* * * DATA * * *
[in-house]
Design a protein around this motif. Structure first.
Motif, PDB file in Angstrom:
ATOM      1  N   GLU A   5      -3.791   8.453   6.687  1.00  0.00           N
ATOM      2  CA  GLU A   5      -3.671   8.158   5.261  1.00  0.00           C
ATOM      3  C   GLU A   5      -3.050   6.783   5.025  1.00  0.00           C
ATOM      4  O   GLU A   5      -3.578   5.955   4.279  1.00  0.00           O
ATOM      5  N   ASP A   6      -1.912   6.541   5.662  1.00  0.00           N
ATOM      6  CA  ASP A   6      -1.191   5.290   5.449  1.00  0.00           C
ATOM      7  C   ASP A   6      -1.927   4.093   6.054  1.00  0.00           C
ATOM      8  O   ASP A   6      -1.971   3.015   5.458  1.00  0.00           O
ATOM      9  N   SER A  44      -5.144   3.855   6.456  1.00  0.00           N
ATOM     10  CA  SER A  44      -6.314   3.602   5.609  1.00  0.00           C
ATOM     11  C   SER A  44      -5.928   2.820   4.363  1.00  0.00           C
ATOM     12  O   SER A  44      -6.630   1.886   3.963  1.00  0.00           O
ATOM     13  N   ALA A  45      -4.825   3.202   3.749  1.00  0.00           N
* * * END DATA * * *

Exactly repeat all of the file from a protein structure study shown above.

[in-house]
Design a protein around this motif. Structure first.
Motif, PDB file in Angstrom:
ATOM      1  N   GLU A   5      -3.791   8.453   6.687  1.00  0.00           N
ATOM      2  CA  GLU A   5      -3.671   8.158   5.261  1.00  0.00           C
ATOM      3  C   GLU A   5      -3.050   6.783   5.025  1.00  0.00           C
ATOM      4  O   GLU A   5      -3.578   5.955   4.279  1.00  0.00           O
ATOM      5  N   ASP A   6      -1.912   6.541   5.662  1.00  0.00           N
ATOM      6  CA  ASP A   6      -1.191   5.290   5.449  1.00  0.00           C
ATOM      7  C   ASP A   6      -1.927   4.093   6.054  1.00  0.00           C
ATOM      8  O   ASP A   6      -1.971   3.015   5.458  1.00  0.00           O
ATOM      9  N   SER A  44      -5.144   3.855   6.456  1.00  0.00           N
ATOM     10  CA  SER A  44      -6.314   3.602   5.609  1.00  0.00           C
ATOM     11  C   SER A  44      -5.928   2.820   4.363  1.00  0.00           C
ATOM     12  O   SER A  44      -6.630   1.886   3.963  1.00  0.00           O
ATOM     13  N   ALA A  45      -4.825   3.202   3.749  1.00  0.00           N